The book addresses leaders and those in positions of authority in organizations. This raises the question of what can whites, who are not in those positions, do to foster racial equity in their workplace. There definitely are things that white employees can do. While they lack the leverage that leaders and managers have, they can still impact what occurs, if they understand where the points of leverage are.

First Step: Identify what is keeping people of color from advancing at a rate equal to that of whites

There are several dynamics that may be driving the pattern where whites advance at a faster rate than co-workers of color.


 People of color may be hired only for the jobs that have little or no career ladder. While some whites will also be in those jobs, many more whites will be hired into the jobs that do have viable career ladders.

Whites may consistently get higher job-performance ratings than people of color. This is more likely to occur if those doing the performance evaluation are all white.

Whites may get more opportunities to demonstrate initiative than their co-workers of color. These consist of assignments to highly visible projects or projects which allow the worker to develop additional skill sets. Here again, it is important to identify the race of the person making those job assignments.

Whites may receive mentoring from higher-level managers more frequently than people of color.

In meetings, the ideas and suggestions of whites receive support and acknowledgement, but that does not happen, or happens much less frequently, to people of color.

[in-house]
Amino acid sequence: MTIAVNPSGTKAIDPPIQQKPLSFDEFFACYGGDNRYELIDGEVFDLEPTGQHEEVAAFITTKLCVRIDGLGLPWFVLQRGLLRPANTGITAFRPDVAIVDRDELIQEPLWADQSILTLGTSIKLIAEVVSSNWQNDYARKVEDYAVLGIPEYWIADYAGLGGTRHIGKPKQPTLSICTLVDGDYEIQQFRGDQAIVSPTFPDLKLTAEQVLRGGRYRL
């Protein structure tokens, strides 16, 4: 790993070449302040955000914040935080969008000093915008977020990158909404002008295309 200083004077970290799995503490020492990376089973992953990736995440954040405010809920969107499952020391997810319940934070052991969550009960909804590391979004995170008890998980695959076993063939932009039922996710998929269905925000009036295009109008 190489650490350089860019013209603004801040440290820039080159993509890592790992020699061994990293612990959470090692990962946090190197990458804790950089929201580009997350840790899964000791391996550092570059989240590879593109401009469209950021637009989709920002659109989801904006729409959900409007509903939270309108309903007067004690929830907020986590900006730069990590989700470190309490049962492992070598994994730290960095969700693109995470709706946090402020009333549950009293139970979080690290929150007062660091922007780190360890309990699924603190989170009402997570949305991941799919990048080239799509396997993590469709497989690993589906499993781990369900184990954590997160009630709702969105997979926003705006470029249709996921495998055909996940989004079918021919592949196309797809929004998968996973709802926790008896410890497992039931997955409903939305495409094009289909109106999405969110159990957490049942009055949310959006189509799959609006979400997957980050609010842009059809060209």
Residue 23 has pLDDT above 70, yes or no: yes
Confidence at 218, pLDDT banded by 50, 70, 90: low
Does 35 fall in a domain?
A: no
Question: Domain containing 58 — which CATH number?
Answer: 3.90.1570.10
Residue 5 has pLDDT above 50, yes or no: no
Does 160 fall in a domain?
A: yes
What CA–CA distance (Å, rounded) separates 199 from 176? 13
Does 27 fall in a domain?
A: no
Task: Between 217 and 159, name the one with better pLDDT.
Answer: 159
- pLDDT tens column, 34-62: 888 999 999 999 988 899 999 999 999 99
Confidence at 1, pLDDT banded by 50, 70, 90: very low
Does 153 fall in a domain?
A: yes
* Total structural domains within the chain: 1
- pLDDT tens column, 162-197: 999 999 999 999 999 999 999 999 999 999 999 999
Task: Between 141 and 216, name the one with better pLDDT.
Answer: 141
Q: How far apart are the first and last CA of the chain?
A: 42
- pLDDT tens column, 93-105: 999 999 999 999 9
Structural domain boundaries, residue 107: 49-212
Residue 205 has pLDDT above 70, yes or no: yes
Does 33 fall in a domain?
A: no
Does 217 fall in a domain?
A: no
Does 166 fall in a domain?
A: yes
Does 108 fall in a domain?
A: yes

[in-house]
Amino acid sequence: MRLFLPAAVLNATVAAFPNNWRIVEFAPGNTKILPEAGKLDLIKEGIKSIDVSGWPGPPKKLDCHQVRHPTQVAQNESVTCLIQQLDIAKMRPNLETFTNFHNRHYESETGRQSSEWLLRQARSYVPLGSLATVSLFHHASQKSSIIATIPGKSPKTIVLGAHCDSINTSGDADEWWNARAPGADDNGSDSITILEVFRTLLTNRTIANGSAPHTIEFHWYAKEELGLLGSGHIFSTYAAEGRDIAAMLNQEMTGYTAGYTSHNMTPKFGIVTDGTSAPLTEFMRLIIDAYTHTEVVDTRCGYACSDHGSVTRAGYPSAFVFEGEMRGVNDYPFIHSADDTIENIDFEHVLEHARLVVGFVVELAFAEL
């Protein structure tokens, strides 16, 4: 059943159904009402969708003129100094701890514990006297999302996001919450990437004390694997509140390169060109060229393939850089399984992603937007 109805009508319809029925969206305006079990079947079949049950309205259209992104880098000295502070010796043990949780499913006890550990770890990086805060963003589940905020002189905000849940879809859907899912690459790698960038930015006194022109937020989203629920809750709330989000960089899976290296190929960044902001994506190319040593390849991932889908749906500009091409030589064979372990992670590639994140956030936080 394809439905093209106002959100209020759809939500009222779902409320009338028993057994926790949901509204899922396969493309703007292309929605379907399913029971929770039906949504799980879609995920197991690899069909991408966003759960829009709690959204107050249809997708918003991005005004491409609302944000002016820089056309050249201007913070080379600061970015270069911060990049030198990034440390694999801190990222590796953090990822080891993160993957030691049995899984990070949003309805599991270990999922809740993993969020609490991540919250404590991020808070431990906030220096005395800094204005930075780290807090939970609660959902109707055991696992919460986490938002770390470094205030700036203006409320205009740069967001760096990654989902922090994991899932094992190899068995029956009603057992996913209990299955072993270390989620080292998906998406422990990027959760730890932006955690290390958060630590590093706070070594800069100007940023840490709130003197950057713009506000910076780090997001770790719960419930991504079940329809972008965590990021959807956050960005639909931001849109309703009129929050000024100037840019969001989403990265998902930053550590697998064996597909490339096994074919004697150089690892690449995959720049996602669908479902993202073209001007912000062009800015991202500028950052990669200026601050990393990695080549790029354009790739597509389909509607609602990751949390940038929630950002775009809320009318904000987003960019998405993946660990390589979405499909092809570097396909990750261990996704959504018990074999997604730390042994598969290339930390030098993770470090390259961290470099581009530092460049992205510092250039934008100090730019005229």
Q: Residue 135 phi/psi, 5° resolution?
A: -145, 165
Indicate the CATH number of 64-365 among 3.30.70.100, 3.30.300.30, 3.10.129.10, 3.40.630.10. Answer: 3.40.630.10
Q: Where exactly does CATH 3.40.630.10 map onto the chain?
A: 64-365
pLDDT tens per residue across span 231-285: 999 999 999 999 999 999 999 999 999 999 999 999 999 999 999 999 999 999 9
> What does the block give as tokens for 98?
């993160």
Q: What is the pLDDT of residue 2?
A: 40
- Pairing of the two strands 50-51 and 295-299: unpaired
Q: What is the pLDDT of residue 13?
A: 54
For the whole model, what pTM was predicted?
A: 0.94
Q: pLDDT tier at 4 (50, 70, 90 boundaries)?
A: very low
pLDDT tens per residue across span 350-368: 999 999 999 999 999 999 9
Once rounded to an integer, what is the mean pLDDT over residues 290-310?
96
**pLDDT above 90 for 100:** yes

White workers have wider networks across the organization than do people of color.


Whites who fail to perform at the expected level are given a “pass” while people of color who fail to perform do not get a pass.

You can determine if these dynamics are at play simply by skillful and consistent Tracking.™
As you go about your daily work, notice what occurs in meetings.

• Are the statements of colleagues of color ignored (there is no response that acknowledges or builds on what the person of color said), or are they responded to in a manner that is less positive or appreciative than the way whites respond to statements made by other whites?
• Do whites give any credit to ideas or suggestions made by colleagues of color?
• Is there any difference in the level of eye contact that white make with co-workers of color than with white colleagues?

These observations can give you a calibration of the degree to which white co-workers include and value the contributions of their co-workers of color in meetings. If the statements of people of color are treated negatively or are ignored, and those of whites are not, you will have some indication of how likely it is for people of color to get any recognition for their contributions. This, in turn, influences how their performance will be evaluated as opposed to whites.

You can also observe interactions that give an indication of how wide are the networks that workers of color have.

• What kind of socialization takes place among the races? How often do whites pair off with a co-worker of color on free time or coffee breaks?
• How often do whites socialize with colleagues of color outside of work? One index of this can be the statements that co-workers make about what they did on their weekends and holidays. Those statements can reveal the degree of cross-race interaction that the whites engaged in. The locations and groupings mentioned in those stories can often give an indication of whether the events took place in cross-race situations. Stories about houses of worship can also lead to conclusions based on how integrated those houses of worship are.

Another important observation is the way that supervisors or managers act with workers of color versus white workers.

• To what extent is there any pattern where supervisors and manager act more formal or more casual with workers based on their race? If supervisors and managers act more casually with whites than they do with people of color, that is likely a reflection of a degree of ease they feel with whites. If they act more formally with people of color, you can assume that the people of color are very aware of that. They know that they will receive little mentoring if supervisors or managers are distant and formal in their interactions with workers of color.